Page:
A building is only allowed one service with exceptions. This could be for garage with special permission, for paralleling power production systems, or if the utility doesn't normally serve services at greater than 200A. So maybe another line from the meter, though the utility might need to upgrade from transformer to meter if net load exceeds meter or circuit rating.
 
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DadBald

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I noticed the Span smart panels. Do you know much about them?

Apparently my electrician askedy utility if upgrading to 400a would have any issues and they said no. I am unsure if there are any extra costs there, but I know the meter needs to be replaced. Unsure about the feeder from the utility transformer to the meter. I intend to call them this week to see about fees.
 
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DadBald

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Yeah, I was considering that with my 225A panel approach above. Can't do that currently as I only have 150A service and I don't want to cut it down from there, especially with a 100A EV charger circuit in the future.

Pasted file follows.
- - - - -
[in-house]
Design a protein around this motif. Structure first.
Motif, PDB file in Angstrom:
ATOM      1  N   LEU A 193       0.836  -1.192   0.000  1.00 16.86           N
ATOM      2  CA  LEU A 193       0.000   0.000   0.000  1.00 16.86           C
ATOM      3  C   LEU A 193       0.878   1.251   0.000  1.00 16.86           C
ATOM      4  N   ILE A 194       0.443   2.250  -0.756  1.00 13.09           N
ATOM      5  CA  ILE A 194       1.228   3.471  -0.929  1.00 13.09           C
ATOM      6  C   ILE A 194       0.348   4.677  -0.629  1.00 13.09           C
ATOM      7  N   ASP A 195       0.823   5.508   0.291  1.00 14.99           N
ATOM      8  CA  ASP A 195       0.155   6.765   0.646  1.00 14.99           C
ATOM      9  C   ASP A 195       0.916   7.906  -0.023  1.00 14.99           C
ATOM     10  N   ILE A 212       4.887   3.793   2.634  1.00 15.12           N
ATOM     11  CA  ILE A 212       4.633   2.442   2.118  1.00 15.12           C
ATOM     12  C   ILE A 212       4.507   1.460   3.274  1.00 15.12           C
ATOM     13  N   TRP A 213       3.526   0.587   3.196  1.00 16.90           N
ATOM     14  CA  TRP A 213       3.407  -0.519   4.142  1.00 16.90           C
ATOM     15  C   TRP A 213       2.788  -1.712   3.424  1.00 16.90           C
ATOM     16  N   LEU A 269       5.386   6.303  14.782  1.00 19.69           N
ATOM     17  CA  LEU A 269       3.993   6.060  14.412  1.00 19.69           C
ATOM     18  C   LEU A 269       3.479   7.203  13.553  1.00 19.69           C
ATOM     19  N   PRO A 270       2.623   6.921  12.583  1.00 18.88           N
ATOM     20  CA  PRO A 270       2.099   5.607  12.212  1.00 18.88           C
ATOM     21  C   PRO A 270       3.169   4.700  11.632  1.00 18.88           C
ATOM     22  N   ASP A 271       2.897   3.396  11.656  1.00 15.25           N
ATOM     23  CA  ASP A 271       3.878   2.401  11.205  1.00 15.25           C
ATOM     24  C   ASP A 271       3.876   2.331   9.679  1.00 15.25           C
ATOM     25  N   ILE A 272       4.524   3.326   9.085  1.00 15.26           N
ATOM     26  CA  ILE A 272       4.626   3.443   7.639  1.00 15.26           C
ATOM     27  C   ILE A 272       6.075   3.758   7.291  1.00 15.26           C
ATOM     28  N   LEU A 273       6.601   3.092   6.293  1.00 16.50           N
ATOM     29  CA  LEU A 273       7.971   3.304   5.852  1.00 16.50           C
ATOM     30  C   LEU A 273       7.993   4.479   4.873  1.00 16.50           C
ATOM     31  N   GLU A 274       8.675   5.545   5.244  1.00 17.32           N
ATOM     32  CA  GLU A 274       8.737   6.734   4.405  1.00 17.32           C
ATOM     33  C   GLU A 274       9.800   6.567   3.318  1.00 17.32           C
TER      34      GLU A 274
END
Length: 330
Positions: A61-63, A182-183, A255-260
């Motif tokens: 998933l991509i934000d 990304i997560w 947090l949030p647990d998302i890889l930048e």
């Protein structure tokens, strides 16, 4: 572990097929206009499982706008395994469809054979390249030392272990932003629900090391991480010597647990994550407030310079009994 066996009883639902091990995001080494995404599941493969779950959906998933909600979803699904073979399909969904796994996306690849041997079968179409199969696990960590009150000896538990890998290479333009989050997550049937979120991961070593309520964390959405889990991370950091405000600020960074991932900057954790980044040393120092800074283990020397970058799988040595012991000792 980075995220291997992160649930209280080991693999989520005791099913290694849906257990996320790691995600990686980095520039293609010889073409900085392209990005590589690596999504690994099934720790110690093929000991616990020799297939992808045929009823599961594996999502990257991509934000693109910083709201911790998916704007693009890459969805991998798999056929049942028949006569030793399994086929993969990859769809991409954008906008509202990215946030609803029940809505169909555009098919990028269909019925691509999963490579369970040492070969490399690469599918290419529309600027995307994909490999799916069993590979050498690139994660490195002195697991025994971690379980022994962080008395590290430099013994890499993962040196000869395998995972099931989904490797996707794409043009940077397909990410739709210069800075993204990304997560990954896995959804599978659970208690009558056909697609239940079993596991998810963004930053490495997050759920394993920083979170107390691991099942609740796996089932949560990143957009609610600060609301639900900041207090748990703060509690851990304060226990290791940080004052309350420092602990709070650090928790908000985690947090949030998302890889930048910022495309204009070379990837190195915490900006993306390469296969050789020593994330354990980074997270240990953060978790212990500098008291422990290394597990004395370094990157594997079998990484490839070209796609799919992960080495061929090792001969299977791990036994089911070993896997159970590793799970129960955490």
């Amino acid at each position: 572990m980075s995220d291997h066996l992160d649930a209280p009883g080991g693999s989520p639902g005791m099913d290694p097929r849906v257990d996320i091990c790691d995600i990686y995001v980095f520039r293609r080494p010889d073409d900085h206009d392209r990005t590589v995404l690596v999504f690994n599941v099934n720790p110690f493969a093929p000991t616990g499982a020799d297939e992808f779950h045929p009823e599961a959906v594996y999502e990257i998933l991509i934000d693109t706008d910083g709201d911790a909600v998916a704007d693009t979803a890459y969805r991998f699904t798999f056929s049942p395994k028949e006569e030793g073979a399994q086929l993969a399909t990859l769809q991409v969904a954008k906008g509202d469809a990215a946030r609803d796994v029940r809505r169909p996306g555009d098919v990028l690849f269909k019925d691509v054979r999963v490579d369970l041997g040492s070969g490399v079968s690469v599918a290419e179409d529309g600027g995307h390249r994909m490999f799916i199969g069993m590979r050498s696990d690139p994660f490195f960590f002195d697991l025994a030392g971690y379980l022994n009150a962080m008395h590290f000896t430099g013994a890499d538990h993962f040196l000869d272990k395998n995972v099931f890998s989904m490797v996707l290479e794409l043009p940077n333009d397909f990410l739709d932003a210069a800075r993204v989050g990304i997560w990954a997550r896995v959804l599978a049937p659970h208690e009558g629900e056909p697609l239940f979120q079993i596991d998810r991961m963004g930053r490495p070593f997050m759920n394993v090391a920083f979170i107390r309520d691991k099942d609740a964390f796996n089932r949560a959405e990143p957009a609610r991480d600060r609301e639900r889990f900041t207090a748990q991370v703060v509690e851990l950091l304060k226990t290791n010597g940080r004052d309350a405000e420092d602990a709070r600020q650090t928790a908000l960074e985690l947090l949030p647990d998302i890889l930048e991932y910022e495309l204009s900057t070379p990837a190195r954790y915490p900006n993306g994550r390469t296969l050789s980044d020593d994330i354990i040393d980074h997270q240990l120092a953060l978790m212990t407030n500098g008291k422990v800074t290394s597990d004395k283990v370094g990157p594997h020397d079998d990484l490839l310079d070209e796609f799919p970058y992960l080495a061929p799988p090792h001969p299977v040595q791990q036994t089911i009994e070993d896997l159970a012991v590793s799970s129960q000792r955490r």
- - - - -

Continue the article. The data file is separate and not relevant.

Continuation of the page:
jefro

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If you change that panel you're probably going to want a smart panel anyway.
I assume they'll make you start installing GFCI AFCI all over the place. The new panels make one click and yes they are pretty high.
 

pjs128.g14

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@DadBald, would you mind sharing the equipment (make/model) you are currently considering for your upgrade?
 
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DadBald

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I went with the Leviton smart panel system: https://www.leviton.com/en/products/residential/load-centers/the-leviton-smart-load-center

It takes regular or smart breakers. The regular ones are pretty cost effective. The smart ones are considerably more. They are pretty cool though, they communicate wirelessly with the hub mounted in the panel, and the hub connects via wifi or Ethernet to home network. It logs usage on every smart breaker and allows remote trip from the app. The Leviton load centers are all rated for 225A, just equipped with different breakers - they use it as a selling point, you can just swap the breaker for a service upgrade in the future. In my case tho, I just ordered the 200A version and I'm already good to go for my 70A backfeed ability.